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Wednesday, May 27, 2015

Will Machines Take Our Jobs?

I've written before on what economists refer to as creative destruction ("The Internet and Creative Destruction"). The term was first coined by the Austrian economist, Joseph Schumpeter, in order to refer to how new technologies replace old ones and in the process create new jobs while eliminating others. It's destructive in the sense that jobs are lost and industries fade away, but it's creative in that it ultimately creates more jobs than before and is therefore better for the overall health of the economy in the long run.

NPR's Planet Money has been running a series of podcasts that questions whether this process will continue to hold true in the future. The first podcast examines the Luddites ("When Luddites Attack"), who were English textile workers who protested against newly developed labour-economizing technologies in the early 19th-century. This is followed by podcasts that (1) pit humans against machines in a series of different tasks ("Humans vs. Robots"), (2) examine when machines and people work together ("The Machine Comes to Town") and (3) tells how robots are (possibly) reinventing the restaurant business ("I, Waiter"). The next podcast is a fictional story explores what happens when all the jobs go away ("The Last Job"), while the last examines whether it really is different this time ("This is the End").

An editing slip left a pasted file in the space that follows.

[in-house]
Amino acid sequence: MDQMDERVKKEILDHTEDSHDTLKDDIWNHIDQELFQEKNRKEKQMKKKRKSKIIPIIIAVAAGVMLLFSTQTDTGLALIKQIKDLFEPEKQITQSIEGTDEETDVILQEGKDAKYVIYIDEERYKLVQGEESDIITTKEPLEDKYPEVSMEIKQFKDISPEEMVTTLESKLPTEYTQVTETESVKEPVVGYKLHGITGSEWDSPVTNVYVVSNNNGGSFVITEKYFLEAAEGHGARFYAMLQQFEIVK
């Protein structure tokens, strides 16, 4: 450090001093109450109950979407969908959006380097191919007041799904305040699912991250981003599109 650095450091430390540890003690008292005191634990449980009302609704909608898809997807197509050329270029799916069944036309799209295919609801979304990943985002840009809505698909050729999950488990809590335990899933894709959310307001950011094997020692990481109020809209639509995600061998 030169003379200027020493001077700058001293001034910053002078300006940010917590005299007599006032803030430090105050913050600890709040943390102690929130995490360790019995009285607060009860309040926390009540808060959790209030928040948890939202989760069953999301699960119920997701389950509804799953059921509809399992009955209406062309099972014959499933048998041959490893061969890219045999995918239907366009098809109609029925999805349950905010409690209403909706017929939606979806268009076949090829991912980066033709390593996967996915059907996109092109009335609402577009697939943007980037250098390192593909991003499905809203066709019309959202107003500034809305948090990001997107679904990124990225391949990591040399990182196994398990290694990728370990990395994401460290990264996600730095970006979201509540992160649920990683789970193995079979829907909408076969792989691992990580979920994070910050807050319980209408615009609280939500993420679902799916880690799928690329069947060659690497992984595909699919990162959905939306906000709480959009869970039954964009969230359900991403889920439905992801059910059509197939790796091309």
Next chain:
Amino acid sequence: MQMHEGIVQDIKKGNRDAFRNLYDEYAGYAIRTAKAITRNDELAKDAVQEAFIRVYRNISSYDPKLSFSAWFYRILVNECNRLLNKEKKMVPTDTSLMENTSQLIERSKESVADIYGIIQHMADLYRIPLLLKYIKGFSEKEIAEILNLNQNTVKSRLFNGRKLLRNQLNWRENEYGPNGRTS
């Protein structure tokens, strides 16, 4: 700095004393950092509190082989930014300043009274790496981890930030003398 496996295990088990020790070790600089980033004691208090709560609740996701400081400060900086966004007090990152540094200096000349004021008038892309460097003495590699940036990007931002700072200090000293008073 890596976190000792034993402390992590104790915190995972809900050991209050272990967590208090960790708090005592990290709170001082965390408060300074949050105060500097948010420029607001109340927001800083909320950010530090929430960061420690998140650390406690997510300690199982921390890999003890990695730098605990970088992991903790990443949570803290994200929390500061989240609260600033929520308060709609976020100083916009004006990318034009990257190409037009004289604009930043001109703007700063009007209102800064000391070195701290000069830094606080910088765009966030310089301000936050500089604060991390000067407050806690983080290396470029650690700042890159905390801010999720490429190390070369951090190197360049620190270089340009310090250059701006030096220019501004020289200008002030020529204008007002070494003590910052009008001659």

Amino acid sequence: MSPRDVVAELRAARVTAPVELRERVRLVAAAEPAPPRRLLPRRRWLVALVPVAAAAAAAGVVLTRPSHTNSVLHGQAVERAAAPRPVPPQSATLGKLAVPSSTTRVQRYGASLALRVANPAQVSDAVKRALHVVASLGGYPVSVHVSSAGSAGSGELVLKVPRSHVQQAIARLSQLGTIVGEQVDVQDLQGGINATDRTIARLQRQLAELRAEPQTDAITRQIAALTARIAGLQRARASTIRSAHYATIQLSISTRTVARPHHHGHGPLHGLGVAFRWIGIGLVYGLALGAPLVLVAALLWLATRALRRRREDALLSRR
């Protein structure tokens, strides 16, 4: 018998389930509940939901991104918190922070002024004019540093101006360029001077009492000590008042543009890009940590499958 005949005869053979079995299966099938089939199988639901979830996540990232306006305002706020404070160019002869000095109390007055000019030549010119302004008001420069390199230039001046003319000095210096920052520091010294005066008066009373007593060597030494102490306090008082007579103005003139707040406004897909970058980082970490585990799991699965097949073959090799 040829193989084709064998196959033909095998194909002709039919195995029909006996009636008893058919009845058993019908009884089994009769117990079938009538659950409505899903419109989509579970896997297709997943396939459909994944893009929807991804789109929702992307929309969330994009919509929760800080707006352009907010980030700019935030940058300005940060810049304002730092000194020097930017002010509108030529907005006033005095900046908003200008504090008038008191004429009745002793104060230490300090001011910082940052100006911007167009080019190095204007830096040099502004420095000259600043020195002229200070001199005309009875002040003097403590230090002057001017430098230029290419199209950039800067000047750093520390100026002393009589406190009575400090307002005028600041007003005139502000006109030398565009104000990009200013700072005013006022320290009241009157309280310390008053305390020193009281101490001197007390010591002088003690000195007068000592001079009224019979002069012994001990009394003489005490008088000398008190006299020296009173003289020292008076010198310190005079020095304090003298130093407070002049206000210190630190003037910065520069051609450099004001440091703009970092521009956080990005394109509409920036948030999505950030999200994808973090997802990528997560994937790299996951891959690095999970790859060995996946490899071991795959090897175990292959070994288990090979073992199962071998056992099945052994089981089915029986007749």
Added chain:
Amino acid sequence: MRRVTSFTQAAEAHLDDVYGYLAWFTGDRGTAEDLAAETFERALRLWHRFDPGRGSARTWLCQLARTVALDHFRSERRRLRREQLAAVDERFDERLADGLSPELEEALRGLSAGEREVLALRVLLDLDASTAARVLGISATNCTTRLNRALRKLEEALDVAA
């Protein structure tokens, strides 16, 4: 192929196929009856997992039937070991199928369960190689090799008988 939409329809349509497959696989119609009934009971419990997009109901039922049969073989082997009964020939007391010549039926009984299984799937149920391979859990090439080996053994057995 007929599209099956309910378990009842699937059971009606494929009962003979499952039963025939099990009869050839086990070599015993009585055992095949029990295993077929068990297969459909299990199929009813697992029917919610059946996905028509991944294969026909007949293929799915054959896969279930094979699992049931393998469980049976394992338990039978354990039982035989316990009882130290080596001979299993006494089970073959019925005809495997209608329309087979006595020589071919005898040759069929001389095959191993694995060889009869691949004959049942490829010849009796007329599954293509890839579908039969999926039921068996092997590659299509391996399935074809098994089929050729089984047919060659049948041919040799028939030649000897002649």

All of these podcasts can be listened to or downloaded from the "Planet Money" website (or iTunes). There is also a great series of graphs that capture how machines create and destroy jobs ("How Machines Destroy (And Create!) Jobs, In 4 Graphs").

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